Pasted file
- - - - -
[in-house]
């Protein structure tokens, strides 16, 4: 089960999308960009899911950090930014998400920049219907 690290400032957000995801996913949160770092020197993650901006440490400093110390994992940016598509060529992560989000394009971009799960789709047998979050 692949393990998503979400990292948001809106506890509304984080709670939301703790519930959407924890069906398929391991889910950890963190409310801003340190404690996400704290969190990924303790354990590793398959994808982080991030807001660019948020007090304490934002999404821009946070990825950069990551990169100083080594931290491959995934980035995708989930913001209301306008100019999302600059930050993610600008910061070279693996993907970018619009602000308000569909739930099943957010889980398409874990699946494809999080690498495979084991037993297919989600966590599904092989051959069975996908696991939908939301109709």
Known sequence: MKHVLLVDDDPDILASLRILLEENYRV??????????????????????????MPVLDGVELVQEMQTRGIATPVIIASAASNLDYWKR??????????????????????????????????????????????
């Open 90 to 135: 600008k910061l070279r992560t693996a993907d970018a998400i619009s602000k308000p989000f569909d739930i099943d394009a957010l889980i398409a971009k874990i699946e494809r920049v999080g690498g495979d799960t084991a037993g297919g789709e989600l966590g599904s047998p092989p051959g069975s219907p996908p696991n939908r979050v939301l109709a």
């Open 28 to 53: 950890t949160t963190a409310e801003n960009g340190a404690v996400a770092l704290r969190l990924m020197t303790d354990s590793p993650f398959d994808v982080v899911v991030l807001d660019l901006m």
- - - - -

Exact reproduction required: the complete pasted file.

[in-house]
């Protein structure tokens, strides 16, 4: 089960999308960009899911950090930014998400920049219907 690290400032957000995801996913949160770092020197993650901006440490400093110390994992940016598509060529992560989000394009971009799960789709047998979050 692949393990998503979400990292948001809106506890509304984080709670939301703790519930959407924890069906398929391991889910950890963190409310801003340190404690996400704290969190990924303790354990590793398959994808982080991030807001660019948020007090304490934002999404821009946070990825950069990551990169100083080594931290491959995934980035995708989930913001209301306008100019999302600059930050993610600008910061070279693996993907970018619009602000308000569909739930099943957010889980398409874990699946494809999080690498495979084991037993297919989600966590599904092989051959069975996908696991939908939301109709």
Known sequence: MKHVLLVDDDPDILASLRILLEENYRV??????????????????????????MPVLDGVELVQEMQTRGIATPVIIASAASNLDYWKR??????????????????????????????????????????????
């Open 90 to 135: 600008k910061l070279r992560t693996a993907d970018a998400i619009s602000k308000p989000f569909d739930i099943d394009a957010l889980i398409a971009k874990i699946e494809r920049v999080g690498g495979d799960t084991a037993g297919g789709e989600l966590g599904s047998p092989p051959g069975s219907p996908p696991n939908r979050v939301l109709a």
């Open 28 to 53: 950890t949160t963190a409310e801003n960009g340190a404690v996400a770092l704290r969190l990924m020197t303790d354990s590793p993650f398959d994808v982080v899911v991030l807001d660019l901006m």